“Leave Your Free Speech at the Door.” One of the signs read, signifying that the art building had become a place where freedom of speech was unwelcome. When she arrived it was one of the first one’s she saw. She pulled in to the parking lot and walked over to the protest that was only five people strong three hours in. They stayed out there holding signs as the yearly art fest was going on to attract to most attention. Several cars passed asking what the protest was for. Some even walked over to obtain more information, to which T handed them all the evidence of the events leading to this point. There was the initial faux sign-up sheet that T had put in the bathroom to call out the several numbers of sign-up sheets that riddled the art classrooms, some almost as pointless as a sign-up sheet for the bathroom at the collegiate level. T also had the open letter he had sent out across the art department calling out the director of art and art history after he had threatened him behind closed doors, as well as the expulsion letter that removed T from the school for reasons that seemed to be made up in order to get T out of the University.

She wasn’t sure if she wanted to associate herself with the protest. After all, she was graduating that month and wanted to be able to get her diploma after coming this far in her education. Luckily, no cops were called and he and she were able to leave at the end without any further retribution. She went for him. He knew that she was there to support him because she loved him and stood by him when he needed her. After the protest ended, he, she, T, and one of T’s students from the class he could no longer teach, went to eat. The conversations over dinner were much more relaxed than those the night prior and the morning before the protest. From the evidence, T and the professor spoke with a lawyer who wants to help them push forward with a class-action lawsuit against the University.

 

Long Road Trip

T had suggested they go see a famous artist that would be only a 2-hour jaunt away. Going into it, this is all she thought they would be doing. After getting in the truck, he and T explained that they would be going 2 more hours on top of that in the opposite direction to pick up T’s new motor cycle. The majority of the ride was spent discussing T’s expulsion from the University. It began with a mere act of free speech against policy and turned into a whirlwind of meetings involving the director of art history. The expulsion was said to be about T not following policy though the expulsion seemed more so like an act of retaliation to an open letter T had dispersed across campus addressing the issue.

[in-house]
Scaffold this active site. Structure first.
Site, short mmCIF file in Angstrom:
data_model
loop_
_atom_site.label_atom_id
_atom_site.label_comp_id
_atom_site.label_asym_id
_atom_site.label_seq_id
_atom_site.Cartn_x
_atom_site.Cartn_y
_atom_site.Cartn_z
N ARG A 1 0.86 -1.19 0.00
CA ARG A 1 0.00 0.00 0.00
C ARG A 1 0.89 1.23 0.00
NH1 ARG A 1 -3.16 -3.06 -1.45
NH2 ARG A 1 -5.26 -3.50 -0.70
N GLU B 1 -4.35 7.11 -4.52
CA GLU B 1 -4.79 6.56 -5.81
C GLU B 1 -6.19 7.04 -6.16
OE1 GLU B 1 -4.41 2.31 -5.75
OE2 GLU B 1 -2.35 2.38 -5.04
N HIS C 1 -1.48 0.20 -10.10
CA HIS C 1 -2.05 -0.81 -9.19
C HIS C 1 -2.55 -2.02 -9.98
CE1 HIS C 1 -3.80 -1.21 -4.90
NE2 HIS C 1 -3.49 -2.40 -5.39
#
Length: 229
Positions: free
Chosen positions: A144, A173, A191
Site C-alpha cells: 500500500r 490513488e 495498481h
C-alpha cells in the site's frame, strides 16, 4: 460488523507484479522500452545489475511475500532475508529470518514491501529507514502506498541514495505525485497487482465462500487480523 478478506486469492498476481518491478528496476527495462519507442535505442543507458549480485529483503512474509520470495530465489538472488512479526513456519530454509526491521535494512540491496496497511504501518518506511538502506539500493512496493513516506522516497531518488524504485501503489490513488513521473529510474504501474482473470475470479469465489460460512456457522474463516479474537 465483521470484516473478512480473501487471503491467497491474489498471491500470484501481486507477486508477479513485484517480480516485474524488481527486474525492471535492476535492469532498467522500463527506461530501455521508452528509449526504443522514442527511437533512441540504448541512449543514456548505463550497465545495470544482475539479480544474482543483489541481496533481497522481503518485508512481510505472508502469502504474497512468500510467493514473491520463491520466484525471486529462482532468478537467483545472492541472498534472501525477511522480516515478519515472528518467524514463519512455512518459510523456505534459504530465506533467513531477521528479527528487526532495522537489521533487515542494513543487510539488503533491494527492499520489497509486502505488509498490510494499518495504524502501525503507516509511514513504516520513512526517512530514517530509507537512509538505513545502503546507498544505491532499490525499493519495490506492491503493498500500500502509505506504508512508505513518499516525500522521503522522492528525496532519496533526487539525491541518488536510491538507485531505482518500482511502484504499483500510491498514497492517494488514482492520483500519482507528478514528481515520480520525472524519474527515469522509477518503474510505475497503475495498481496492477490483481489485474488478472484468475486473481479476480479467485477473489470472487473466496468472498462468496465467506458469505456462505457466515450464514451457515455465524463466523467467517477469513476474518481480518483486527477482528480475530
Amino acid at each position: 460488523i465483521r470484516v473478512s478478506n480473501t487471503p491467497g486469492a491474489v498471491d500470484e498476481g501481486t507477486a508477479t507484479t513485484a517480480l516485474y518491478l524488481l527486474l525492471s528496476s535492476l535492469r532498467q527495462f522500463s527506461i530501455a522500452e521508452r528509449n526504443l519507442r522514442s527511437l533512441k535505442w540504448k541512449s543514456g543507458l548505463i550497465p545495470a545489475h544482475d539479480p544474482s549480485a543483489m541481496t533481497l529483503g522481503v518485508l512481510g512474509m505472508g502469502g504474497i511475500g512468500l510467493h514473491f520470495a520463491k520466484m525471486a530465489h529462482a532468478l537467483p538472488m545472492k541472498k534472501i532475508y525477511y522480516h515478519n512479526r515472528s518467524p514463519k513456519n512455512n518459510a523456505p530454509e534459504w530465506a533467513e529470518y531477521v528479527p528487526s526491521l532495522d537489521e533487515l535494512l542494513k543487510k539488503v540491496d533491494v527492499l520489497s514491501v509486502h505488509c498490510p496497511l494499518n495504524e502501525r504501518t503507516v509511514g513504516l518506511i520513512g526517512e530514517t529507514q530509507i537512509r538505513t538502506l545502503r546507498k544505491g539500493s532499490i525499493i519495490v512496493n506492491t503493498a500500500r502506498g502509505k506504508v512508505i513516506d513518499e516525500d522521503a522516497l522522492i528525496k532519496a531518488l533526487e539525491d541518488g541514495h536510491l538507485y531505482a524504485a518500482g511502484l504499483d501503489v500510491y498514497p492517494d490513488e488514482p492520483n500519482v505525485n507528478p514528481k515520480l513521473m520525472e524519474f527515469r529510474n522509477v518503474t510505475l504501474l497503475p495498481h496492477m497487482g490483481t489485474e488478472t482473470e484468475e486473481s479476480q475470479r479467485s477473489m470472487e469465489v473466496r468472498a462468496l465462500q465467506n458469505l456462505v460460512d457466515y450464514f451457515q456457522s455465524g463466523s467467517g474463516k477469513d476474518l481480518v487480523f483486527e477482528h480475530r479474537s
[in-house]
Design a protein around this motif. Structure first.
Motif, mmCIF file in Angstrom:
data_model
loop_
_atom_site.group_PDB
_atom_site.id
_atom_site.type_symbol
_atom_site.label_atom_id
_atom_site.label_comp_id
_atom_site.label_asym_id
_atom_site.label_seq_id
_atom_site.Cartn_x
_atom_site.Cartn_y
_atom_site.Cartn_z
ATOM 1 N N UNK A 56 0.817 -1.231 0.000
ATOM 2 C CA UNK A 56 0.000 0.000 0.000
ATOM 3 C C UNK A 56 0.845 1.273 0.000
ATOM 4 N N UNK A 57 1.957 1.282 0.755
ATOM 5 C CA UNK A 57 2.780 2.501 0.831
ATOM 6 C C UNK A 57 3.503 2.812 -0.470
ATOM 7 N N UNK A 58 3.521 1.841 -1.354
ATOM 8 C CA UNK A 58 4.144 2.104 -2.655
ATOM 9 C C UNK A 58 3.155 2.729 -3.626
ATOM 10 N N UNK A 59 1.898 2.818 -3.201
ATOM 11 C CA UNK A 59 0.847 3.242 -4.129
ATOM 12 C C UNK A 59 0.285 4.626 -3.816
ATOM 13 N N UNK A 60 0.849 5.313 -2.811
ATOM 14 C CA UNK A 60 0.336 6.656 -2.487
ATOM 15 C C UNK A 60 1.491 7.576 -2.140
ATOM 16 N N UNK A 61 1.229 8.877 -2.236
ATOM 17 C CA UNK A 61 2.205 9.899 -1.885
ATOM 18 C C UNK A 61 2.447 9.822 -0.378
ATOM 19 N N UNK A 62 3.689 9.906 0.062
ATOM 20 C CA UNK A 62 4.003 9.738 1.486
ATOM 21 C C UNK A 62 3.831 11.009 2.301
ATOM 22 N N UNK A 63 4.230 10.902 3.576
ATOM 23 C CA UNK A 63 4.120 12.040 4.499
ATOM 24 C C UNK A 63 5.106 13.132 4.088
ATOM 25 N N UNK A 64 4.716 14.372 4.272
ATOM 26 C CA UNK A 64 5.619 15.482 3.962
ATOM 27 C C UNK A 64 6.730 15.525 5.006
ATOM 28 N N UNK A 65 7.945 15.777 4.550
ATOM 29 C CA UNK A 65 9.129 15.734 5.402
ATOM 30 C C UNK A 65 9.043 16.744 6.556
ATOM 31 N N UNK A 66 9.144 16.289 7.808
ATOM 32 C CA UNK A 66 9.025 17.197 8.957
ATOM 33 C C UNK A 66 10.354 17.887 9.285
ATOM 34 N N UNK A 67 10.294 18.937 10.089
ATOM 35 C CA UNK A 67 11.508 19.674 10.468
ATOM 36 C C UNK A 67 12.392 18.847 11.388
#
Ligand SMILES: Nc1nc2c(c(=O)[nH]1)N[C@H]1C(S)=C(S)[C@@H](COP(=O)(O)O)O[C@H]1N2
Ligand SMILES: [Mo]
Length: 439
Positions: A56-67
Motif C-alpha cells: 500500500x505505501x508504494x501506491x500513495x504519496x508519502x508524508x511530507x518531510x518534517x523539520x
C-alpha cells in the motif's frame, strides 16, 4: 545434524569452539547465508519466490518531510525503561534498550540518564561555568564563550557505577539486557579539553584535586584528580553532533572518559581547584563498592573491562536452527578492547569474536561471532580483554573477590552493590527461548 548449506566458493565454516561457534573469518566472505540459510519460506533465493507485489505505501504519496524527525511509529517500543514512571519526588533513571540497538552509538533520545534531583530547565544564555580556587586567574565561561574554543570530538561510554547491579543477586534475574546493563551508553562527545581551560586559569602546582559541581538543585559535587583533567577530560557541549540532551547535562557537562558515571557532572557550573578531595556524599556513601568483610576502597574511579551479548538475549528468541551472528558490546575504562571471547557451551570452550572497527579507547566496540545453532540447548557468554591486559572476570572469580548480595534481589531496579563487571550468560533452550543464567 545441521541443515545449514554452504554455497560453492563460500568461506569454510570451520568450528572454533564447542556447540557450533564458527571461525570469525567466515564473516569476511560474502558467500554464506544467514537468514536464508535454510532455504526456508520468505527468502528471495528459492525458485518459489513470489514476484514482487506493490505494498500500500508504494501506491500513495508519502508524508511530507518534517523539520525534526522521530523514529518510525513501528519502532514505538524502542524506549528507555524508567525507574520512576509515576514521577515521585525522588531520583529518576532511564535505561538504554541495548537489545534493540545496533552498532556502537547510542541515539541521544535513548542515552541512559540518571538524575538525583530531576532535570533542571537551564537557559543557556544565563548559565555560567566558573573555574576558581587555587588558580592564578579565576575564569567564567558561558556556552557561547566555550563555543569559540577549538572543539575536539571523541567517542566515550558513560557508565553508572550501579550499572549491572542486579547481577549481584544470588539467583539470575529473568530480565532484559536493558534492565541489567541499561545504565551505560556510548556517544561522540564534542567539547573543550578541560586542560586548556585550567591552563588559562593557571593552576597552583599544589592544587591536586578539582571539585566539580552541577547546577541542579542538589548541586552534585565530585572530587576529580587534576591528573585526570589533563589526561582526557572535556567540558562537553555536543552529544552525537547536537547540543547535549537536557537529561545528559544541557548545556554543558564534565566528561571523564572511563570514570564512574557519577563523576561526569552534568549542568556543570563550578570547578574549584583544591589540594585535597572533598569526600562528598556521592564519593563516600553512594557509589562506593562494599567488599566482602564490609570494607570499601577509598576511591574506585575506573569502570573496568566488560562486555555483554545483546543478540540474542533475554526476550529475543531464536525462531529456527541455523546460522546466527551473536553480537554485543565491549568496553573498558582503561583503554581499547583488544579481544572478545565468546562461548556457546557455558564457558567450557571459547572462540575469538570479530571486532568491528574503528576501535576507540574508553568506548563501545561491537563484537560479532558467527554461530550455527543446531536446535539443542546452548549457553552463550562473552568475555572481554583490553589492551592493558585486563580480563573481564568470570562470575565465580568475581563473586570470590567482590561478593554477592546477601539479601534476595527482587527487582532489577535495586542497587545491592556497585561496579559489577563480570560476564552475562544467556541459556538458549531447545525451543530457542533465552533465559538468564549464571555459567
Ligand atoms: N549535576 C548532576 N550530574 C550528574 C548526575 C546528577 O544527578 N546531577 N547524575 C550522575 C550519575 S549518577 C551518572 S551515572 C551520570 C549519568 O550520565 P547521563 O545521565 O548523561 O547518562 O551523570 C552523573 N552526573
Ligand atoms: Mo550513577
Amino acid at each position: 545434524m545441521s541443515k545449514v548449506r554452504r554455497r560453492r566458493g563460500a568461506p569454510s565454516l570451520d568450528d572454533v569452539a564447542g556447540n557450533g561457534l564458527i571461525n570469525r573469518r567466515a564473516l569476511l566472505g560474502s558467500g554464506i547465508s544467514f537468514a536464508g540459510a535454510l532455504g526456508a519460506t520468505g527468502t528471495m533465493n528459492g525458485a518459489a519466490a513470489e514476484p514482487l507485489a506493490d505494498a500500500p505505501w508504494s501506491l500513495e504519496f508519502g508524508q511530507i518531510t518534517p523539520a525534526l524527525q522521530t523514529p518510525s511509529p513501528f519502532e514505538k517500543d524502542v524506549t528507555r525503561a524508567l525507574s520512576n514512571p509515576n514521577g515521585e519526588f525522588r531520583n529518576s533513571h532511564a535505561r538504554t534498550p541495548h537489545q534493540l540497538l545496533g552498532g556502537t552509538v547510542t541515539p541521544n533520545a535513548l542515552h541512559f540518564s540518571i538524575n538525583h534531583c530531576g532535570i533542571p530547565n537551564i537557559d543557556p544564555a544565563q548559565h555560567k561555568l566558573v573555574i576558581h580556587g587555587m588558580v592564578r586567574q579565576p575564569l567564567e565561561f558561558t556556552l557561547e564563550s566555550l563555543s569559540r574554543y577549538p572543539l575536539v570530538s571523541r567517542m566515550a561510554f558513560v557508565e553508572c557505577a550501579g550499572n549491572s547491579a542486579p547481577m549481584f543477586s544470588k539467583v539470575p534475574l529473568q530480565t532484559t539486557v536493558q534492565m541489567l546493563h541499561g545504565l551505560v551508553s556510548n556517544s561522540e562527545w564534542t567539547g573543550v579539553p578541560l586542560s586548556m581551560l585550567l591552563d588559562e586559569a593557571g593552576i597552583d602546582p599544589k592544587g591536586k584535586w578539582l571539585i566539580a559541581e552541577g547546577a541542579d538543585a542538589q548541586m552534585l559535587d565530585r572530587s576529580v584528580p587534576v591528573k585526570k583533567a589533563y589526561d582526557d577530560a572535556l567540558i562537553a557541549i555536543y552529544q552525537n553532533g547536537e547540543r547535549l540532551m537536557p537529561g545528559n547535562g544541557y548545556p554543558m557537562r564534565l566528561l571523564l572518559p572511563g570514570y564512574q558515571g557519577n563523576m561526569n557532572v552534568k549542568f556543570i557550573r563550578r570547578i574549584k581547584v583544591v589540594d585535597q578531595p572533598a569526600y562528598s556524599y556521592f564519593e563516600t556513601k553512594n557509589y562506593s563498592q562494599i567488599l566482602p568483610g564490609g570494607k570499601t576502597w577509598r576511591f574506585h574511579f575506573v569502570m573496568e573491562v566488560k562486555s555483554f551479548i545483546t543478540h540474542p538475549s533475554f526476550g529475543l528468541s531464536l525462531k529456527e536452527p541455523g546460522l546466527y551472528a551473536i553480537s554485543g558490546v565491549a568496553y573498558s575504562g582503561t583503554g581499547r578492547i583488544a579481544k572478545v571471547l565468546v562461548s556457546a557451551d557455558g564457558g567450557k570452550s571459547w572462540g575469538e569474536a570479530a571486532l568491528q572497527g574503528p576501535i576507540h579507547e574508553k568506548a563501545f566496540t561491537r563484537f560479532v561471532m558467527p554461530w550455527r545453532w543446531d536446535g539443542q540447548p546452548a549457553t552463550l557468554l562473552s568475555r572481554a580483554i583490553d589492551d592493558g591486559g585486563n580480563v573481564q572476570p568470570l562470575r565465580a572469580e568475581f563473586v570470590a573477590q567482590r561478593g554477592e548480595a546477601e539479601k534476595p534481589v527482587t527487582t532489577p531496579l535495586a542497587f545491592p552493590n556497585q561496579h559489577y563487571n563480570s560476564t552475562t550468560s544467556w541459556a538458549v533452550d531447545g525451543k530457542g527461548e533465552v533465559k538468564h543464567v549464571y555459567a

He was vibrating with stress over a planned protest they would hold the next day at the art building. She complained about being hungry since she had forgotten to eat earlier. They stopped at a Maid-Rite for dinner as she searched for the number of local news stations that may be interested in covering the protest. He and T got Maid-Rites while she insisted on a chicken sandwich, not knowing what a Maid-Rite was. He made her try his, attempting to pull her from her pickiness and try something new.

She took a few bites of her sandwich when he asked to see the inside. “Babe that’s undercooked.” He said, already surveying the tiny restaurant for a staff member to remedy the problem. “Sir? Can she get another chicken sandwich? This is raw.” The man looked dissatisfied with the observation and began to cook another.

“Great. Now I’ll have a spit sandwich instead of a raw one.” It was done the second round, though she had lost her taste for chicken.

Once back on the road, the same strenuous conversation continued, including what kind of posters they would use, who would come, and what their chances were of being arrested. They pulled into the parking lot that appeared to be relatively barren for a show to be going on. Walking in, they didn’t hear the echo of a lecture or the muffled sounds of a listening audience. All that was there was a woman, older, with the stature of a librarian. “Is this where the artist lecture is?” He asked the woman who looked back with regret to say it was over and that they had just missed it.